Using consumer neuroscience to help create television advertising spots is set to make 15 seconds the new 30.
Often treated as an afterthought by marketers, the 15-second TV advertising spot is usually just a cut-down version of the 30-second spot, rarely copy tested, but nevertheless assumed to be at least 50% as good as the 30-second spot from which it is derived. The 15-second ads are deemed to adhere to the same basic principles of success as the ‘30’s, but do they really command as much attention from the viewers? International media information and measurement company Nielsen has been looking into this question and has carried out a study which shows that TV campaigns have improved in recent years, especially with the advent of real-time TV ad effectiveness measurement. Marketers are now in fact equipped to monitor the performance of their 30-second and 15-second spots in detail on a weekly basis and analyse consumer reaction.
EEG-based copy testing
Marketing experts have made a great deal of progress in the field of copy testing recently as a result of consumer neuroscience. The most advanced technique uses electroencephalography (EEG) to measure viewer brain activity so as to gauge how viewers are responding to the advertising on their screens. EEG identifies and captures people’s responses to brain stimuli and EEG-based copy testing is able to provide very accurate measurement of three things: attention, memory and emotion. Taken together, these three elements are key for marketers, as they directly reveal whether someone is paying attention to the spot, whether the content is subsequently stored in his/her long term memory, and whether the ad elicits a positive emotional response. Importantly, EEG-based copy testing measures a viewer’s brain waves in milliseconds throughout the commercial. Typically, a viewer’s brain waves looks like a series of peaks and troughs as s/he responds differently to different parts of the commercial.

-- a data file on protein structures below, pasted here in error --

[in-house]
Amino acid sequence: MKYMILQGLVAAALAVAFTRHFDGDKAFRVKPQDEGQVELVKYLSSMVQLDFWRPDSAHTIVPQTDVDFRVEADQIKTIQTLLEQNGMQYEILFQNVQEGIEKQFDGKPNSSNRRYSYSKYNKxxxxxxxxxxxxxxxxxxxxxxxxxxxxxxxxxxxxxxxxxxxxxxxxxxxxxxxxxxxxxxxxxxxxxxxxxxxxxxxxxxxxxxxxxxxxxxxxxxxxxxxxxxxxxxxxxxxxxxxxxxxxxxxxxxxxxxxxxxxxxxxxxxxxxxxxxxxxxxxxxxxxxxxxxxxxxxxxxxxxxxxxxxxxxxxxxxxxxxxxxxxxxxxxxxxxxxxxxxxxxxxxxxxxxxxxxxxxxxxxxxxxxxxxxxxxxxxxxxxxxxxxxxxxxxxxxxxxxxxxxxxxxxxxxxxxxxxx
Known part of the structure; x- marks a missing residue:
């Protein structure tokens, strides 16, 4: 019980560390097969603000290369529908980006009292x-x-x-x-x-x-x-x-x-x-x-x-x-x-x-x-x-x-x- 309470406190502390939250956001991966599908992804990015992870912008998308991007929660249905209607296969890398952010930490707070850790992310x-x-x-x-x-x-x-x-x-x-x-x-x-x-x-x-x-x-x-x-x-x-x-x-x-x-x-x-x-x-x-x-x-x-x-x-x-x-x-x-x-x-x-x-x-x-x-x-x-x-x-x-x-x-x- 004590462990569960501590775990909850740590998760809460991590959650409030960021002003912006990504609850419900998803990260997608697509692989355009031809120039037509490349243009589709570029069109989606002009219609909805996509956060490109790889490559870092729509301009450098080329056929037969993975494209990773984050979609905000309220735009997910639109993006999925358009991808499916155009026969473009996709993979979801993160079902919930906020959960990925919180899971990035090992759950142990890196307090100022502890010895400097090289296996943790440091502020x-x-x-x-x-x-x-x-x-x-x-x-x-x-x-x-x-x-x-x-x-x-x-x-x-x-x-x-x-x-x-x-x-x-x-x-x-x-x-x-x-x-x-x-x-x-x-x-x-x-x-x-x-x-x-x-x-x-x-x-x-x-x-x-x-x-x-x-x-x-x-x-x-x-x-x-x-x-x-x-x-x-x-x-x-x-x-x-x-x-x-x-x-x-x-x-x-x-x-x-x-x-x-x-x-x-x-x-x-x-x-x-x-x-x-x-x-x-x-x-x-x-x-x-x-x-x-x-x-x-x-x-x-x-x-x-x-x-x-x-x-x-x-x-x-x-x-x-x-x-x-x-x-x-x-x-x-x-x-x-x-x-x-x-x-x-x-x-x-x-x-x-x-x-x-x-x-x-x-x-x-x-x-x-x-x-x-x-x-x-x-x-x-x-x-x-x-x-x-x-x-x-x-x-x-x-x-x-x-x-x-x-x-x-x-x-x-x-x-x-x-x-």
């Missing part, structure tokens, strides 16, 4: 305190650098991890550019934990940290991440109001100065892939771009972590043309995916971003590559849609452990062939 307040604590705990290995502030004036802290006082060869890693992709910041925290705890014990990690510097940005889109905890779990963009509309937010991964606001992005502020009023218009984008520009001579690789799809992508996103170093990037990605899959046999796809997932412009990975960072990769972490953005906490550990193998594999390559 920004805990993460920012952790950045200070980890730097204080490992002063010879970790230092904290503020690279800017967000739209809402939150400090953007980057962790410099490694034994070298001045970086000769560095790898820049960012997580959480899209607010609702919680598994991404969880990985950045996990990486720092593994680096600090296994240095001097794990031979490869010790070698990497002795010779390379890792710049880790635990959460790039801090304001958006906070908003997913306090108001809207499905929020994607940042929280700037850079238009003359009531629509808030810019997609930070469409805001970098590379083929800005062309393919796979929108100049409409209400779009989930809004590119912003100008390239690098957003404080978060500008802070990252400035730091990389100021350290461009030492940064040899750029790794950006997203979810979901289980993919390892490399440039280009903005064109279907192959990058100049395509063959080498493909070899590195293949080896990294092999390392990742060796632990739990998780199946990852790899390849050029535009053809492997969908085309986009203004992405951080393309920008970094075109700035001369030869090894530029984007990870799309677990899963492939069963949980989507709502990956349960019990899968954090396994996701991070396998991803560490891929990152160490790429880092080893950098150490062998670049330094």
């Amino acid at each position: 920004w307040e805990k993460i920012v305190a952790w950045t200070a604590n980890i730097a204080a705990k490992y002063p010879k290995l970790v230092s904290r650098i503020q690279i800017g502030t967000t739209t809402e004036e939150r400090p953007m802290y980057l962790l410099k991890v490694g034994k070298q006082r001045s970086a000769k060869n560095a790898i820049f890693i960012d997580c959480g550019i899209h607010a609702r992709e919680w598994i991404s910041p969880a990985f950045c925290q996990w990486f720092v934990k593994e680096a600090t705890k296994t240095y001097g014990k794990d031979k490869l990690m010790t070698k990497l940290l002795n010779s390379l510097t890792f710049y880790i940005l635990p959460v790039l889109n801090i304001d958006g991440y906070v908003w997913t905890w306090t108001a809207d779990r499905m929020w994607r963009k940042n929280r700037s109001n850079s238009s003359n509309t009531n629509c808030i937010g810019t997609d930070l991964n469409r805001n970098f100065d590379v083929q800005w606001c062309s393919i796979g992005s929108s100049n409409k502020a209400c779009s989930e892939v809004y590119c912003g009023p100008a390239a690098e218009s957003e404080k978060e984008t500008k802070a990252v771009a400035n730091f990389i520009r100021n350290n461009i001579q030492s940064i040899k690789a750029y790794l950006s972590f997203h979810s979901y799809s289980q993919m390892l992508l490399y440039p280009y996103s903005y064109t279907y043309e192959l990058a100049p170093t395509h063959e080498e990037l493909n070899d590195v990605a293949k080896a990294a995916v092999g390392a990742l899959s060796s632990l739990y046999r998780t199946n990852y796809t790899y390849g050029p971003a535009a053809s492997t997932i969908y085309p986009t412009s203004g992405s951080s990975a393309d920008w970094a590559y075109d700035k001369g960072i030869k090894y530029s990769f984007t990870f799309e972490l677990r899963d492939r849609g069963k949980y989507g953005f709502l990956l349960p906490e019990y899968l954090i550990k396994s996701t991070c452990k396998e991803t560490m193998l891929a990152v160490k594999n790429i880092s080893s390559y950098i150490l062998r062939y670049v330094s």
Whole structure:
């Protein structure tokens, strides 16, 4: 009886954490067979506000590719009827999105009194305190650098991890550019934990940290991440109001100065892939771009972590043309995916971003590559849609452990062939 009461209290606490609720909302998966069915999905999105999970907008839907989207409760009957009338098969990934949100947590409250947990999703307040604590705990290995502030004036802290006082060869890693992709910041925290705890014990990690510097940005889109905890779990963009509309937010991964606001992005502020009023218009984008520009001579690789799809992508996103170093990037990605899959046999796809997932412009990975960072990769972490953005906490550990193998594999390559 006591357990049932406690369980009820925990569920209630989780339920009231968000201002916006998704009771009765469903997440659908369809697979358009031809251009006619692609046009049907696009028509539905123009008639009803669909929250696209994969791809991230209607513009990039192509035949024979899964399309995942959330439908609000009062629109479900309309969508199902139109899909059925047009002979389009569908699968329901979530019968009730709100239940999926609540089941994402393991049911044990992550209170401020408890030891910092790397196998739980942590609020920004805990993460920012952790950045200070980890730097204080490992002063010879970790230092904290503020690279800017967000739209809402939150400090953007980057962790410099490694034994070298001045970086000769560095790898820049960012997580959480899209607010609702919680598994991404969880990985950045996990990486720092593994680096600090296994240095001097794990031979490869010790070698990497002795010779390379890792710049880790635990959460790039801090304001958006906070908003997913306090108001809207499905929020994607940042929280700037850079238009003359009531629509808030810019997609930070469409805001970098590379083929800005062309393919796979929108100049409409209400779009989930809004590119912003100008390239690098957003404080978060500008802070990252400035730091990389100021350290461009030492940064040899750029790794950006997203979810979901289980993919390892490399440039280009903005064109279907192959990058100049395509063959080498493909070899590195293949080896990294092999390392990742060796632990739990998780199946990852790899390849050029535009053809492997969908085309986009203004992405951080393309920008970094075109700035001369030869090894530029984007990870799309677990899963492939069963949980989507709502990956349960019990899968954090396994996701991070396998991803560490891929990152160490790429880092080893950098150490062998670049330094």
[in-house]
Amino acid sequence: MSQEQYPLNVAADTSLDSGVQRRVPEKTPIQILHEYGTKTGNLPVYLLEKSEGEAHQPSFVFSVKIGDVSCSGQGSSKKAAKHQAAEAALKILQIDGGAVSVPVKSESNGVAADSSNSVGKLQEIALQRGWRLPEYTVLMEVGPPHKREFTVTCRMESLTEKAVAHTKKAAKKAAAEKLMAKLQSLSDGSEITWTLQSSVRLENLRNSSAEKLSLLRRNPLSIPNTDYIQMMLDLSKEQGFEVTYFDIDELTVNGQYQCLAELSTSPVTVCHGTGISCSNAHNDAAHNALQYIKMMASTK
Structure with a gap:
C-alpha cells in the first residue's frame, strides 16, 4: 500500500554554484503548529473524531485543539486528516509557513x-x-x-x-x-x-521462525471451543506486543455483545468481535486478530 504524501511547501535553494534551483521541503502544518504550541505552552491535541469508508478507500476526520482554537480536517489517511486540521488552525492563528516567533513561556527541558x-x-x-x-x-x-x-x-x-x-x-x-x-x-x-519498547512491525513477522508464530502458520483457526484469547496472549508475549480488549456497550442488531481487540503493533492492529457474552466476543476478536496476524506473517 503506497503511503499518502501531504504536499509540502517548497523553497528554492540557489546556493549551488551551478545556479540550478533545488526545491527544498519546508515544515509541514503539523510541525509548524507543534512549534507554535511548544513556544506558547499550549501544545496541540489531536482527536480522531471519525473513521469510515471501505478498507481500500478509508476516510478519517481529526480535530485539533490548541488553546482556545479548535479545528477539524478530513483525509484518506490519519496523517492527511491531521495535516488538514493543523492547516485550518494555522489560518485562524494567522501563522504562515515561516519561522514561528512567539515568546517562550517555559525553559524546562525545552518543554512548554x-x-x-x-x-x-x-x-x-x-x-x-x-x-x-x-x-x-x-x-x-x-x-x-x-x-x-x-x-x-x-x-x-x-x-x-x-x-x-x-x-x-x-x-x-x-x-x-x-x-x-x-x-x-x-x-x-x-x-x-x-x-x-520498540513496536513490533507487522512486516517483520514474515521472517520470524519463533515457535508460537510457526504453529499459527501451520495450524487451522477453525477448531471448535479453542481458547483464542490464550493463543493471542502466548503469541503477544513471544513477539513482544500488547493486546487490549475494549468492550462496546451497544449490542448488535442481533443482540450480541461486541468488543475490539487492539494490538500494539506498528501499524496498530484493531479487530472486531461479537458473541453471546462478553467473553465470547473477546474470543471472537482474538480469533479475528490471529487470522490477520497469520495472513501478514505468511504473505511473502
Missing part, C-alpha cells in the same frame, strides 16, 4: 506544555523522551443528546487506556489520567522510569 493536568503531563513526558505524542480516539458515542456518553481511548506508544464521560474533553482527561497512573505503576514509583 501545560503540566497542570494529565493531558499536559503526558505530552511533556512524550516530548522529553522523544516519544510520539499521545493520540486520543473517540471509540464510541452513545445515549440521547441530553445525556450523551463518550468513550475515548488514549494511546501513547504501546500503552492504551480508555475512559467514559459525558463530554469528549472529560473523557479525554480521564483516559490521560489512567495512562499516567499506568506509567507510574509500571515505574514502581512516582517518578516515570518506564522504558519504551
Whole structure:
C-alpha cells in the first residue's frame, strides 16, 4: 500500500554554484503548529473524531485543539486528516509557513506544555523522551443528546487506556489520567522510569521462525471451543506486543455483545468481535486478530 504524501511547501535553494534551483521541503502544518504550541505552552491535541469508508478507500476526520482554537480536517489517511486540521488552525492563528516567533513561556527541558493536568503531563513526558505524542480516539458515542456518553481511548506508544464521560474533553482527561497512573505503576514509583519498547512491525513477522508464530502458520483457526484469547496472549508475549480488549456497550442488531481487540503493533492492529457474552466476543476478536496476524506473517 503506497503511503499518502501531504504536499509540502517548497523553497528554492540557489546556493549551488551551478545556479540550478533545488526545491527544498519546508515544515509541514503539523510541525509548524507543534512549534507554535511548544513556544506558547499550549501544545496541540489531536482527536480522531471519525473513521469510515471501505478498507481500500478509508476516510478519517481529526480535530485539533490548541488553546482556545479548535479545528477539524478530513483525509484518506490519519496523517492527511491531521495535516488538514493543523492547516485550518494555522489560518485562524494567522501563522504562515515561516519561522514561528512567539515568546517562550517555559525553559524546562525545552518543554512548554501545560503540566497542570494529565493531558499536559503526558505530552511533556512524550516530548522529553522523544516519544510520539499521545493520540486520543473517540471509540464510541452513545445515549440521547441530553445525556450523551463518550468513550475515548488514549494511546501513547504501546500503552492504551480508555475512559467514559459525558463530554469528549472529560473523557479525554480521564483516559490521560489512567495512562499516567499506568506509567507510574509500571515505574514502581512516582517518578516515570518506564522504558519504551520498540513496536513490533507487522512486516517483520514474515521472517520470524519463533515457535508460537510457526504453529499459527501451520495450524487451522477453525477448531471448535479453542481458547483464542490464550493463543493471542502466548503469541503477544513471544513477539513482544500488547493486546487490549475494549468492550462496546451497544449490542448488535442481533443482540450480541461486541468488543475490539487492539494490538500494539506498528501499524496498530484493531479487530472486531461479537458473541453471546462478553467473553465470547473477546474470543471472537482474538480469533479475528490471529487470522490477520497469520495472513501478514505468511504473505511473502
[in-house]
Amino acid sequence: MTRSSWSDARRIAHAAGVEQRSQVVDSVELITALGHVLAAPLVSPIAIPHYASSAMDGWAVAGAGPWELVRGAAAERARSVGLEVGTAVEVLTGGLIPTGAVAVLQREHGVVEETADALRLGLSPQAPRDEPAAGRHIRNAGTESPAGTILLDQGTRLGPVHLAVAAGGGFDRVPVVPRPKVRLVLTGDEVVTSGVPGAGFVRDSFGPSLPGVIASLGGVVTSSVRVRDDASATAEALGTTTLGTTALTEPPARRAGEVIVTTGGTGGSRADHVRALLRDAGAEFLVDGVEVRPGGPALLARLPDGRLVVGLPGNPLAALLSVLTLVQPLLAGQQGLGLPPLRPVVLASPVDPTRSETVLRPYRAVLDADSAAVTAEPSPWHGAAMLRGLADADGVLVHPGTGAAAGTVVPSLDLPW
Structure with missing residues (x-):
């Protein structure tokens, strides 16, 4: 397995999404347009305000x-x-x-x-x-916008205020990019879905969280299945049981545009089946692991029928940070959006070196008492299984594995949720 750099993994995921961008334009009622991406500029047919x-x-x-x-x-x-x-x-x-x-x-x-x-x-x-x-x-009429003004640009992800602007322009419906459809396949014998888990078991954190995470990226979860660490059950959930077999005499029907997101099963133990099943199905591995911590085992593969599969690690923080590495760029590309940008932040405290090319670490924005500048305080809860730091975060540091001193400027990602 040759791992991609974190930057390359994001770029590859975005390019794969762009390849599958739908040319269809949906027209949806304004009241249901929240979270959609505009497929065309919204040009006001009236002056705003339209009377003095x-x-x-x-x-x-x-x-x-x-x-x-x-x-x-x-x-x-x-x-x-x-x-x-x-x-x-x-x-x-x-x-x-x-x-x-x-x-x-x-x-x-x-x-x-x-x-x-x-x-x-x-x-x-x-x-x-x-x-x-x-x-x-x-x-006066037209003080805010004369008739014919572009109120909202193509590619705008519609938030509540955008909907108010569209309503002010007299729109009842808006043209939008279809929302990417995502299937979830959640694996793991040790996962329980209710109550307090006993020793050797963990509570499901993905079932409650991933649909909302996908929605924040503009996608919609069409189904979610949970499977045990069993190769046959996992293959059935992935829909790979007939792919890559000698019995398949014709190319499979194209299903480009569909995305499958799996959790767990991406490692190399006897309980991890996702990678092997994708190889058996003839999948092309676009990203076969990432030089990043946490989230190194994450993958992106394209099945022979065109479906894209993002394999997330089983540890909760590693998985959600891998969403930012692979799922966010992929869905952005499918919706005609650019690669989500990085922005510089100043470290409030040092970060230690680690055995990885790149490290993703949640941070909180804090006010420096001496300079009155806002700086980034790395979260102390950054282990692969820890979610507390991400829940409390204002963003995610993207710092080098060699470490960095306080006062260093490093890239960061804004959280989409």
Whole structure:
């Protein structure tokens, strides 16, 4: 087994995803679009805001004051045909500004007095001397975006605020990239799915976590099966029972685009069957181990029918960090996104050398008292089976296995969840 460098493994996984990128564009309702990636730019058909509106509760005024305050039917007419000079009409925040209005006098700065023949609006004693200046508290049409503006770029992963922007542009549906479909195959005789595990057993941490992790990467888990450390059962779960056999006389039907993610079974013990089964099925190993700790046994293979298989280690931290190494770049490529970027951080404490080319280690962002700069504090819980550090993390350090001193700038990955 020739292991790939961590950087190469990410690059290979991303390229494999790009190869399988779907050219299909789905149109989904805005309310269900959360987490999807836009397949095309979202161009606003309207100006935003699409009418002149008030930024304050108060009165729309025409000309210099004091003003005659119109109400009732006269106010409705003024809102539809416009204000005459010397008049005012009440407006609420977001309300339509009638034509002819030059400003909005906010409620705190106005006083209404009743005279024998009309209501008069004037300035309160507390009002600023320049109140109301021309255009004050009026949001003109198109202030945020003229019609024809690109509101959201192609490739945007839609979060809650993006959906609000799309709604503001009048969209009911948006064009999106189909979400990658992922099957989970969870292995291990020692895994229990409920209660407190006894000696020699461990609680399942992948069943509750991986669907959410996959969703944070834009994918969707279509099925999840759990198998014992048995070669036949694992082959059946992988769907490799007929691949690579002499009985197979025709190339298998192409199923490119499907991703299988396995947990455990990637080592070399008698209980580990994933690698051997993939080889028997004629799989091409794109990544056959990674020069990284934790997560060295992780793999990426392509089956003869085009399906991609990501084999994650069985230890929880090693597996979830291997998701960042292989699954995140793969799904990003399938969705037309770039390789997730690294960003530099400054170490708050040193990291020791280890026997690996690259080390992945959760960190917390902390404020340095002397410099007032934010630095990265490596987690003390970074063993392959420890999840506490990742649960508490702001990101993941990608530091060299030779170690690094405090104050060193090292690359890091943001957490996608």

Optimal solution: 15-second spot
Using an algorithm, copy testing can thus help to eliminate the weakest sections of a 30-second TV spot while retaining the most effective parts for the 15-second spot. This ‘re-cut’ ad is then edited by the creative staff at the agency to ensure continuity and visual homogeneity. Having studied the effectiveness of 30-second TV spots and their optimised 15-second versions, Nielsen’s finding is that the impact of the ad is maintained in 90% of the shorter ads tested and that in many cases the shorter version has greater impact. Tightening up advertising spots is of course only one application of consumer neuroscience among many, but it achieves highly positive results for all concerned. Consumer neuroscience can help advertisers to reduce their spend, while agencies can use it as a tool for creating more effective advertising.